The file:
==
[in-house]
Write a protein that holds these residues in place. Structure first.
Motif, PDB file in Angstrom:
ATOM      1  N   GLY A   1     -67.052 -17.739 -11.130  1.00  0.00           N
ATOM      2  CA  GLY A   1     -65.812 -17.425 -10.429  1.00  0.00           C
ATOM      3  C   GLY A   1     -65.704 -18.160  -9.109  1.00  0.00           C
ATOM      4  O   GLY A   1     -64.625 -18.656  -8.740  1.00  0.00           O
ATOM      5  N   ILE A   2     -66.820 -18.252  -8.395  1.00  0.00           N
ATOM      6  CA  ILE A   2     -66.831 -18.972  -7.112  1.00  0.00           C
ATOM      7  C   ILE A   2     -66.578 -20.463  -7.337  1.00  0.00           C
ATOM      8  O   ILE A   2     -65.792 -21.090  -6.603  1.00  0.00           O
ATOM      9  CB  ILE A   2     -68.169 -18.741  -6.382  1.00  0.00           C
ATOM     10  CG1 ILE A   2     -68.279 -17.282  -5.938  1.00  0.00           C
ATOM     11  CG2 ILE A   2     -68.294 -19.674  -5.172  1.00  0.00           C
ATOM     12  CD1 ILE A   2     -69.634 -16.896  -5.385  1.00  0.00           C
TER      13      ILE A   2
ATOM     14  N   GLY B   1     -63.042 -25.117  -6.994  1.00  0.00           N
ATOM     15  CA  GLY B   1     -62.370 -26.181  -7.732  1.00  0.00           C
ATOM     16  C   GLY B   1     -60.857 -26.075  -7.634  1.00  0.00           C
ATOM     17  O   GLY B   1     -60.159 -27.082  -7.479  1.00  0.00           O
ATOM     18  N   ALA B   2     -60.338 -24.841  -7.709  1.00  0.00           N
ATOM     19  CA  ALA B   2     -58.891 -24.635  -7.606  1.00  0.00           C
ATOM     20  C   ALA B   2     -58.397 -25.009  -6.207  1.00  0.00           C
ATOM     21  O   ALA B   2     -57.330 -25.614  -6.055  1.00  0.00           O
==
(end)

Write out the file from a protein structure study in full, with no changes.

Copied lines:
[in-house]
Write a protein that holds these residues in place. Structure first.
Motif, PDB file in Angstrom:
ATOM      1  N   GLY A   1     -67.052 -17.739 -11.130  1.00  0.00           N
ATOM      2  CA  GLY A   1     -65.812 -17.425 -10.429  1.00  0.00           C
ATOM      3  C   GLY A   1     -65.704 -18.160  -9.109  1.00  0.00           C
ATOM      4  O   GLY A   1     -64.625 -18.656  -8.740  1.00  0.00           O
ATOM      5  N   ILE A   2     -66.820 -18.252  -8.395  1.00  0.00           N
ATOM      6  CA  ILE A   2     -66.831 -18.972  -7.112  1.00  0.00           C
ATOM      7  C   ILE A   2     -66.578 -20.463  -7.337  1.00  0.00           C
ATOM      8  O   ILE A   2     -65.792 -21.090  -6.603  1.00  0.00           O
ATOM      9  CB  ILE A   2     -68.169 -18.741  -6.382  1.00  0.00           C
ATOM     10  CG1 ILE A   2     -68.279 -17.282  -5.938  1.00  0.00           C
ATOM     11  CG2 ILE A   2     -68.294 -19.674  -5.172  1.00  0.00           C
ATOM     12  CD1 ILE A   2     -69.634 -16.896  -5.385  1.00  0.00           C
TER      13      ILE A   2
ATOM     14  N   GLY B   1     -63.042 -25.117  -6.994  1.00  0.00           N
ATOM     15  CA  GLY B   1     -62.370 -26.181  -7.732  1.00  0.00           C
ATOM     16  C   GLY B   1     -60.857 -26.075  -7.634  1.00  0.00           C
ATOM     17  O   GLY B   1     -60.159 -27.082  -7.479  1.00  0.00           O
ATOM     18  N   ALA B   2     -60.338 -24.841  -7.709  1.00  0.00           N
ATOM     19  CA  ALA B   2     -58.891 -24.635  -7.606  1.00  0.00           C
ATOM     20  C   ALA B   2     -58.397 -25.009  -6.207  1.00  0.00           C
ATOM     21  O   ALA B   2     -57.330 -25.614  -6.055  1.00  0.00           O